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Vasada (Ancient Greek: Οὐάσαδα, Ouasada) was a city of ancient Lycaonia and later of Isauria, Asia Minor (modern Turkey). It was located a little to the southwest of Laodiceia.[1][2] In the acta of church councils attended by its bishop, the name appears variously as Usada or Ousada (Οὔσαδα) or Aasada (Ἀάσαδα).[3]

Its site is located near Bostandere, Konya Province, Asiatic Turkey.[4][5]

Residential see[edit]

Vasada, identified with the ruins on Mount Kestel Dağ near modern Seydişehir, was important enough in the Roman province of Lycaonia to become a suffragan of the Metropolis of Iconium, under the Patriarchate of Constantinople.

These bishops were historically documented :

Catholic titular see[edit]

The diocese was nominally restored in 1929 by the Roman Catholic Church as the titular bishopric of Vasada.

It is vacant since decades, having had the following incumbents:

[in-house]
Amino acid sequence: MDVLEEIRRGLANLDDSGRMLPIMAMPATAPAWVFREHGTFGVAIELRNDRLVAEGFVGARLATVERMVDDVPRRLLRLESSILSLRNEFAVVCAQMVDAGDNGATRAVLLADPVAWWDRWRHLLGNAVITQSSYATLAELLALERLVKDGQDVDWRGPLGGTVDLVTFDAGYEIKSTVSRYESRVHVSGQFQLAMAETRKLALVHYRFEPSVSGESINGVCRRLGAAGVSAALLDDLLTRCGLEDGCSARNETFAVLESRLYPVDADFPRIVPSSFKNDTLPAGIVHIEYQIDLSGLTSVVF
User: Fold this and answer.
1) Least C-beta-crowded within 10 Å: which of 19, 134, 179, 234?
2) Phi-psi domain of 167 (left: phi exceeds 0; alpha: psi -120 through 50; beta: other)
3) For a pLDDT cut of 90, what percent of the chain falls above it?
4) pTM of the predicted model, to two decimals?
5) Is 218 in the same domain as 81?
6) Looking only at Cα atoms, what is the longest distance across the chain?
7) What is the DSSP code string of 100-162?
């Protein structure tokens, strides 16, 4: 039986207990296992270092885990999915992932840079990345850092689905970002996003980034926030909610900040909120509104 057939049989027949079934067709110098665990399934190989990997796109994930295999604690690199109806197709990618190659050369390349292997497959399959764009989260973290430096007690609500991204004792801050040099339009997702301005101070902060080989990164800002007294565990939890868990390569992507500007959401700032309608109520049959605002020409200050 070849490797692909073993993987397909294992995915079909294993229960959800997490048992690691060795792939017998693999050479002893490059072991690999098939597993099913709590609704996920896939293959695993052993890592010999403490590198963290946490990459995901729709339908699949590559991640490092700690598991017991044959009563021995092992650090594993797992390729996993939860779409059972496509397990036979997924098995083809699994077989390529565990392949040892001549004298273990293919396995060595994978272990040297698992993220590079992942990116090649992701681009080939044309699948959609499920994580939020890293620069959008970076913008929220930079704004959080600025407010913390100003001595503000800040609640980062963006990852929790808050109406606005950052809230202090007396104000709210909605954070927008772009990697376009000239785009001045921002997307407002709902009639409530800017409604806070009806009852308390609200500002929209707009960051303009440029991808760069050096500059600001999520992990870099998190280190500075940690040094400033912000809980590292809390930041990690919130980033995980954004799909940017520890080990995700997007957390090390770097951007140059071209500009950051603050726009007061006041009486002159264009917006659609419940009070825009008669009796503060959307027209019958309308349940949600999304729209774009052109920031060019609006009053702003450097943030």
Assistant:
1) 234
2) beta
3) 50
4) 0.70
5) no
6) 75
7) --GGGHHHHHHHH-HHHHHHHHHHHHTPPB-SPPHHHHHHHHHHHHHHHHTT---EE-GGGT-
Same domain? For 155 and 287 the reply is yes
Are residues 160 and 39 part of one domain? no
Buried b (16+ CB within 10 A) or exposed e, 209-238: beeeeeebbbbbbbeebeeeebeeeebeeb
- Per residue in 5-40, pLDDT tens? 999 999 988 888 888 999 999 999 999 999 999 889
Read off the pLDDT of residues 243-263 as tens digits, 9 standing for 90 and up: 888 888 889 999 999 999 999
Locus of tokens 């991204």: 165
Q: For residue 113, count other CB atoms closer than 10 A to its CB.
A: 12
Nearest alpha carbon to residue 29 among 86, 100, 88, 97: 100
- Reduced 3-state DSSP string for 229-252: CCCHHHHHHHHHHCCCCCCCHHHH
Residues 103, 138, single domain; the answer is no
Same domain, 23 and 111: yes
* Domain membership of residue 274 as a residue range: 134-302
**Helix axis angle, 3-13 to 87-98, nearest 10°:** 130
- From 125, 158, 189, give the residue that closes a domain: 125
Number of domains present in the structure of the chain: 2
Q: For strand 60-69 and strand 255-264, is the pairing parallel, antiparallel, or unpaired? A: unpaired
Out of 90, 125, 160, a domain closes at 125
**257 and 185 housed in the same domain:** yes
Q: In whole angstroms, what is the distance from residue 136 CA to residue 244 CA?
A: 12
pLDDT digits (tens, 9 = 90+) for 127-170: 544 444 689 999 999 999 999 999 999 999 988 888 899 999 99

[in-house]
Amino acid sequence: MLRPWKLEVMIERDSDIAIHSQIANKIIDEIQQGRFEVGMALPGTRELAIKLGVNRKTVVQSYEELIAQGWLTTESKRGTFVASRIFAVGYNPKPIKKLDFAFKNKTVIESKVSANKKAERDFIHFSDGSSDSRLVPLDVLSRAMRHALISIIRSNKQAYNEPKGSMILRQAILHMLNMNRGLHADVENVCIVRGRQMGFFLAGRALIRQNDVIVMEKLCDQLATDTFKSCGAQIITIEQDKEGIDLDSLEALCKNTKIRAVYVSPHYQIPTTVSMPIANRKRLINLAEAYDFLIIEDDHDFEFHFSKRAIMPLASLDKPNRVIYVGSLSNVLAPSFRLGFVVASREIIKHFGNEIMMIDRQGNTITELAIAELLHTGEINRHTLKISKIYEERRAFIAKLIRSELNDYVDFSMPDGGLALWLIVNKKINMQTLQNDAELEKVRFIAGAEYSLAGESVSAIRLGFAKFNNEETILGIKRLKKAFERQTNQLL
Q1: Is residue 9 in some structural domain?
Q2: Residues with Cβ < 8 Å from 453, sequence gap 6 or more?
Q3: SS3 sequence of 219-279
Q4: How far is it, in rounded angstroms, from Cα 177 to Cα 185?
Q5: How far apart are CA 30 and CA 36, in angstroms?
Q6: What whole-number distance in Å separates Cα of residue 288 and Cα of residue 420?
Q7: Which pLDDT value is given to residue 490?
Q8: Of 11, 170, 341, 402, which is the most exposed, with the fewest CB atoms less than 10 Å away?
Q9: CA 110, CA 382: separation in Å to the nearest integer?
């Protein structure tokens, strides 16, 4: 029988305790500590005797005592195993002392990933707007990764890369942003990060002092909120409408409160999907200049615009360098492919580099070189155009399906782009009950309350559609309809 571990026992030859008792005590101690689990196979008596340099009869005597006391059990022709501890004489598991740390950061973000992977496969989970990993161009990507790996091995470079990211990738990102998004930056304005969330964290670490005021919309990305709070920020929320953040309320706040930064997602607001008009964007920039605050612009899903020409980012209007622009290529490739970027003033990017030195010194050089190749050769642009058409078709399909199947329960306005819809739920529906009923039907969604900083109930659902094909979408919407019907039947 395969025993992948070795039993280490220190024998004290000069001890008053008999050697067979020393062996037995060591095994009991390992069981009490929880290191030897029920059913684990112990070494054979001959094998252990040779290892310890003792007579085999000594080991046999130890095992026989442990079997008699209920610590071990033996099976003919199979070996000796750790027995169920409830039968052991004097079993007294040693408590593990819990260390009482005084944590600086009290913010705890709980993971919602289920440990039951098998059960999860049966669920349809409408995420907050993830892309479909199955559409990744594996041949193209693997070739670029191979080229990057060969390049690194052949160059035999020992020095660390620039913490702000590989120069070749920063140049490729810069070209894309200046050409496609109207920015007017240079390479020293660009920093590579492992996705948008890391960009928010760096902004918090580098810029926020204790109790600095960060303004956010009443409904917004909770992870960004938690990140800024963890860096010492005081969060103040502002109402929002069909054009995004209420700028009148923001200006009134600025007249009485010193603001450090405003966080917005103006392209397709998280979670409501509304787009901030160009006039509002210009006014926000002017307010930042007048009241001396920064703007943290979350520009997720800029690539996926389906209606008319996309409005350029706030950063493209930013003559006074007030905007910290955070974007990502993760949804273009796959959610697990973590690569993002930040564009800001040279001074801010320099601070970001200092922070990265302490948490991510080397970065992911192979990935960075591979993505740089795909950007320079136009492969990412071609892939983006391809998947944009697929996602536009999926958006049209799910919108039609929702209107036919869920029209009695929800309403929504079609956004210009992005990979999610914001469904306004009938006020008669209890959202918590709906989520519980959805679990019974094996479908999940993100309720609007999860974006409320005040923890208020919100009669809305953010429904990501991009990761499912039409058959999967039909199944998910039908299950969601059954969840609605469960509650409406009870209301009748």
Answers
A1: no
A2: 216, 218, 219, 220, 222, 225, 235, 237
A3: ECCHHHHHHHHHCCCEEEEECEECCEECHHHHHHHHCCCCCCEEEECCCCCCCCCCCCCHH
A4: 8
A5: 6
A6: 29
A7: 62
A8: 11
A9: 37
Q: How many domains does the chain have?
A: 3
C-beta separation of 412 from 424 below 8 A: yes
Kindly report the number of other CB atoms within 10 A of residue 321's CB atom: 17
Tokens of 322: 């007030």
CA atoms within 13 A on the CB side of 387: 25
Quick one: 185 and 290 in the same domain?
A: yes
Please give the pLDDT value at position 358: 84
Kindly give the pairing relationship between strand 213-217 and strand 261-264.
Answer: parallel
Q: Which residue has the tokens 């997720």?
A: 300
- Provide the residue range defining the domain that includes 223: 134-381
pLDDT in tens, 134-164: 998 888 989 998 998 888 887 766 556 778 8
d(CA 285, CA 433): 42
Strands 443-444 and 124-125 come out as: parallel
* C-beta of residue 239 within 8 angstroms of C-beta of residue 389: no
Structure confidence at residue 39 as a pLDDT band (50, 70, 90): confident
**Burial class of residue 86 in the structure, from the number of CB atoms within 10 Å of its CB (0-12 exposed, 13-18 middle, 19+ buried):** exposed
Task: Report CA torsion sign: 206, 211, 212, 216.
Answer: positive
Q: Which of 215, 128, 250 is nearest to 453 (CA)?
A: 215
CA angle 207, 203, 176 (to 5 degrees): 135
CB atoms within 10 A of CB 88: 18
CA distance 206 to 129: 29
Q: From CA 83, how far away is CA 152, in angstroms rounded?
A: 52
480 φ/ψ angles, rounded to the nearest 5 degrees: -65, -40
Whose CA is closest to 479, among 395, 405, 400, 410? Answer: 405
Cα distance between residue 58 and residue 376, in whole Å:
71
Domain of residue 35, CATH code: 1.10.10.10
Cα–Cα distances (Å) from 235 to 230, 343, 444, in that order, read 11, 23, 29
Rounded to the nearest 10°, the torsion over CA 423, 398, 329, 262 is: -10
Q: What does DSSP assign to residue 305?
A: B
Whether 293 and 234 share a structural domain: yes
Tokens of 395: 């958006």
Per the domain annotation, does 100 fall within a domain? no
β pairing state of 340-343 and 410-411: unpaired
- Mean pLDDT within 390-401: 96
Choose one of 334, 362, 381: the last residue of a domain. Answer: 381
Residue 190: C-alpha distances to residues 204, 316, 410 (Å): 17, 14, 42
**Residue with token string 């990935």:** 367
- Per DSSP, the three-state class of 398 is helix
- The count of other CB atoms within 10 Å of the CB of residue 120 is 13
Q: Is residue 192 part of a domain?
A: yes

1. ^ Ptolemy. The Geography. Vol. 5.4.10.
  2. ^ Hierocles. Synecdemus. Vol. p. 675.
  3. ^ Public Domain Smith, William, ed. (1854–1857). "Vasada". Dictionary of Greek and Roman Geography. London: John Murray.
  4. ^ Richard Talbert, ed. (2000). Barrington Atlas of the Greek and Roman World. Princeton University Press. p. 65, and directory notes accompanying.
  5. ^ Lund University. Digital Atlas of the Roman Empire.

Sources and external links[edit]

Coordinates: 37°30′07″N 31°54′42″E / 37.5020749°N 31.9117536°E / 37.5020749; 31.9117536